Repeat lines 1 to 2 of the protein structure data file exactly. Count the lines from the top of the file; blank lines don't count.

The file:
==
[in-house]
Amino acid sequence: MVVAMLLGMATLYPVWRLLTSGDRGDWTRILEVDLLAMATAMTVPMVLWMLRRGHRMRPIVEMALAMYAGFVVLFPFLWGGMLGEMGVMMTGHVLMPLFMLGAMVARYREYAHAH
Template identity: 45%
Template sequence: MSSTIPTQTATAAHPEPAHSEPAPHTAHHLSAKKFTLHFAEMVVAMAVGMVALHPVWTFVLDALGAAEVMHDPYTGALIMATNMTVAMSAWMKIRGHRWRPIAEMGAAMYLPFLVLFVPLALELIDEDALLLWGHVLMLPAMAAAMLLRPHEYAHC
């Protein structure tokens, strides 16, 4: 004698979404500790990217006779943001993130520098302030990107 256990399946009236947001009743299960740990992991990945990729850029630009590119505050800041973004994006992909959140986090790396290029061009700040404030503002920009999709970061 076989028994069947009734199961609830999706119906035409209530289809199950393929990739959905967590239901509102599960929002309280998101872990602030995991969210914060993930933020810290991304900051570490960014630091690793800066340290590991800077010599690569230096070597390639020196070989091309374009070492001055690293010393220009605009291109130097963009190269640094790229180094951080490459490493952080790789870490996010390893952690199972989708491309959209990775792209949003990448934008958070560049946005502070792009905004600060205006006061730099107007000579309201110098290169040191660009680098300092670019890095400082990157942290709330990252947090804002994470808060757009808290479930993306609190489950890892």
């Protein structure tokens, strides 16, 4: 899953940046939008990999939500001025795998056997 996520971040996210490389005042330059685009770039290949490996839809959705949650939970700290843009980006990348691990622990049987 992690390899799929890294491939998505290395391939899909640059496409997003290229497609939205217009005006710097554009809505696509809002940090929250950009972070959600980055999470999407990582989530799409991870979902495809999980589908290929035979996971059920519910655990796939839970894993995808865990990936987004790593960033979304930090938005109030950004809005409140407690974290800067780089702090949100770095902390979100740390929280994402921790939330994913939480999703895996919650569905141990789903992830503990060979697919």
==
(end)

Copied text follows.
[in-house]
Amino acid sequence: MVVAMLLGMATLYPVWRLLTSGDRGDWTRILEVDLLAMATAMTVPMVLWMLRRGHRMRPIVEMALAMYAGFVVLFPFLWGGMLGEMGVMMTGHVLMPLFMLGAMVARYREYAHAH